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|Los Angeles County, CA||June 8, 2010 Election|
CLOSING THE BUDGET GAP
By Nick KarnoCandidate for Member of the State Assembly; District 53; Democratic Party
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Nick Karno's plan to close the budget gapCalifornia is facing an unprecedented budget crisis. The latest projections estimate a $20 billion deficit, and many communities have already suffered deep cuts and layoffs.
The truth is + it's going to get worse before it gets better. We need innovative solutions to our budget problems now so we can continue investing in our schools, expanding access to health care, building much needed infrastructure, and securing the public's safety. We need to recover money that is owed to the State, find areas where we can save money, and spur economic development to get people working again.
Recovering unpaid taxes: We should vigorously pursue billions of dollars that is owed to the State.
Implementing an aggressive tax amnesty program. The Board of Equalization estimates that $24 billion is owed to the State of California, and we could recover $10 billion of that money through tax amnesty programs. By developing a comprehensive program to bring in delinquent tax payers, the State can quickly and fairly realize revenues that have gone unpaid for years. We must initiate this effort immediately.
Aggressively prosecuting those who participate in the `underground economy'. In the City Attorney's office, I have prosecuted the sale of pirated DVDs, knock-off designer jeans, and other illegally manufactured goods. Sales of these items cheat legitimate manufacturers, their employees, and government coffers. According to some estimates, the loss to Los Angeles County fims from piracy and counterfeiting totaled $5.2 billion in 2005. Construction projects that don't pay the prevailing wage or employ illegal labor also hurt California workers. We must pursue these illegal activities so we can protect jobs and bring in more revenues to the State. Government Efficiency: With smarter use of the public dollar, we can increase government effectiveness and save money.
Reform the criminal justice system by diverting thousands of homeless and mentally ill individuals from our courts and jails and into publicly funded treatment programs. As a City prosecutor, I have personally handled hundreds of criminal cases involving homeless and mentally ill defendants. These cases create logjams in our courts and jails, while seriously violent criminals serve only a fraction of their sentences. The recidivism rate for mentally ill and homeless defendants is 82%, and these troubled individuals do not receive any long-lasting treatment while in custody. We can do better by funding treatment programs using Prop. 63 funds, which have remained unused. This reform is long overdue, and not only will it increase the efficiency of our criminal justice system, but it will save the State billions of dollars by relieving overcrowding in our jails and prisons.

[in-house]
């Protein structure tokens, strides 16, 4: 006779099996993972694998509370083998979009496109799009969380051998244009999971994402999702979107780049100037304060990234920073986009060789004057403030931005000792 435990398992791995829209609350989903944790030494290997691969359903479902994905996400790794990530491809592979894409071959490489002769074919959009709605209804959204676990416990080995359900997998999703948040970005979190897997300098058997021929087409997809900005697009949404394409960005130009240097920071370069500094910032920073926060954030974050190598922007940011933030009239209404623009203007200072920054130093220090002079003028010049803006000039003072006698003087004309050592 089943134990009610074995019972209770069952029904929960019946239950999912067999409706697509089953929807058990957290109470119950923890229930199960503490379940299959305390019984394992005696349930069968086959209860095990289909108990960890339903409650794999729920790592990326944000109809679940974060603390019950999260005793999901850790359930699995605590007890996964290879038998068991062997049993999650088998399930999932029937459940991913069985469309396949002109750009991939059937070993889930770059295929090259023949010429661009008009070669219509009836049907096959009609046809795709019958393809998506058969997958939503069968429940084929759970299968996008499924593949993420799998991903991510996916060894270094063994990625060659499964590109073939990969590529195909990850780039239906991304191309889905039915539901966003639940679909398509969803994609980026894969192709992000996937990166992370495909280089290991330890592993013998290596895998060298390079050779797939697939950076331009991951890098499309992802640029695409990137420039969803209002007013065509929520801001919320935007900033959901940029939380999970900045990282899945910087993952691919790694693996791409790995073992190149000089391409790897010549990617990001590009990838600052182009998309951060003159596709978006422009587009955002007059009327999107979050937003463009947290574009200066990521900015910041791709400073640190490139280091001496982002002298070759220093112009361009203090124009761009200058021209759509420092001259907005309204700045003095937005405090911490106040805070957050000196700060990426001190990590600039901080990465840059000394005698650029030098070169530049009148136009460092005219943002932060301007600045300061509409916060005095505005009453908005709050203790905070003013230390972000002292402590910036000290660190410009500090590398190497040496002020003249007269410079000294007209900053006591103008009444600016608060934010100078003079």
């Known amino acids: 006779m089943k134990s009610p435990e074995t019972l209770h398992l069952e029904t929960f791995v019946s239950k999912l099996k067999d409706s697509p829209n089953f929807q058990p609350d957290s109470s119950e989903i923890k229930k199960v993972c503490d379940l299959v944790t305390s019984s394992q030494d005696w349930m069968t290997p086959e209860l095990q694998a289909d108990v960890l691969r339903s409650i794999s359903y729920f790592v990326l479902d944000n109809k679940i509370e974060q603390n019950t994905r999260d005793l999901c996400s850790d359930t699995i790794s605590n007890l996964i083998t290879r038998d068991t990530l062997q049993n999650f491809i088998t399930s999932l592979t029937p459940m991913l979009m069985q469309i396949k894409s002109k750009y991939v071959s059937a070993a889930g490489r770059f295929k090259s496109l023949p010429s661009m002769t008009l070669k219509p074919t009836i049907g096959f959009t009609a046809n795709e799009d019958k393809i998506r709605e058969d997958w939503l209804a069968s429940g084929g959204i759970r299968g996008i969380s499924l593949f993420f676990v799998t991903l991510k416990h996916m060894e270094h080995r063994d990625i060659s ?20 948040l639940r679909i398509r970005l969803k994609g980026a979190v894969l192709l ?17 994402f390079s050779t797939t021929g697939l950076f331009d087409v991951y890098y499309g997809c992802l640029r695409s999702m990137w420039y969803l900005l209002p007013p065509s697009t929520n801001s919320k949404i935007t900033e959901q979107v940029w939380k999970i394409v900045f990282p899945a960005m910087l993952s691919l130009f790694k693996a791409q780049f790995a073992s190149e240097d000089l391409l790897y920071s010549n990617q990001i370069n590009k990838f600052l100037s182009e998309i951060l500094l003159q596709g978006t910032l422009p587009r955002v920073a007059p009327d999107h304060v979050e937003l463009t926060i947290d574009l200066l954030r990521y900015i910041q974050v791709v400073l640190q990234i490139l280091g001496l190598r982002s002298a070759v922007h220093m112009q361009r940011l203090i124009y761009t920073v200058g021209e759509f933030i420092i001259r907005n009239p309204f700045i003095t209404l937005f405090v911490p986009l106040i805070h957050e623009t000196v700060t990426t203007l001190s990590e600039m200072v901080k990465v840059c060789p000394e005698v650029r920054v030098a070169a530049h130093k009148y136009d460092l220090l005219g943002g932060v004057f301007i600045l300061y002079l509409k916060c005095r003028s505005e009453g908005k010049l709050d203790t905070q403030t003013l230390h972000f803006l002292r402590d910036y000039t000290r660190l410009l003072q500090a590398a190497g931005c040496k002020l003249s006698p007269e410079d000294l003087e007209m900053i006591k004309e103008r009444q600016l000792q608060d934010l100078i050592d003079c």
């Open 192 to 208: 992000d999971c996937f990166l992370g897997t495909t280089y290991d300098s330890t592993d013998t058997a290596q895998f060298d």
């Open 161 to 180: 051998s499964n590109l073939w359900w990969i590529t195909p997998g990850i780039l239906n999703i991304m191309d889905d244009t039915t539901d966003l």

Increase the State's Energy Efficiency. Saving energy saves money, and clean renewable energy is the cheapest energy of all. We need to expedite the implementation of these methods as a way to deal with our budget crisis. We can start with simple changes to lighting, insulation, and HVAC systems, all of which can save the State up to 30% on its electric bills. We can also use cleaner and less expensive biofuels in our existing State fleets, which allows us to produce our fuel domestically, decrease vehicular greenhouse gas emissions by 80%, and save money in the process.
We have also seen great success in our renewable energy bonds, where many solar installations continue to generate savings long after they've paid for themselves. Many other governments around the world have implemented these innovative technological solutions + California can too, with the right leadership. Get California Working Again: Our State will not fully recover until the private sector is flourishing and hiring again.
Expedite Infrastructure Build-outs with Existing Funding. Much of the stimulus money for shovel-ready projects has not been spent, and other monies allocated for infrastructure projects have been tied up in government bureaucracy. We need to put Californians to work immediately, and that means spending existing funds now. There are also agencies with money, like the Metropolitan Water District, that have urgent infrastructure projects which could be expedited. Whether it's High Speed Rail, a Peripheral Canal, modernization of airport terminals, or school construction projects + California's infrastructure is falling apart, and now is the time to use designated funds to put California back to work.
Tax incentives for Film and Television Production, Cleantech firms, and new technologies. The 53rd district is home to one of the highest concentrations of engineers, Phd's, and high-tech programers. The Aerospace industry, the Entertainment studios, and the innovative small businesses that make up the 53rd district will craft the future of California's economy + if they have the right business climate. My experience working in the Mayor's Office of Economic Development showed me how government can help the business community. Through tax-incentives, gap-financing with low-interest loans, expedited permitting, community block grants, infrastructure improvements, and other business-friendly practices, we can provide the right leadership for our business community by knowing what businesses need.
By collecting what is owed, finding savings through efficiency, and helping the business community get back on its feet + we can solve the $20 billion budget deficit and get California working again.
Position Paper 3
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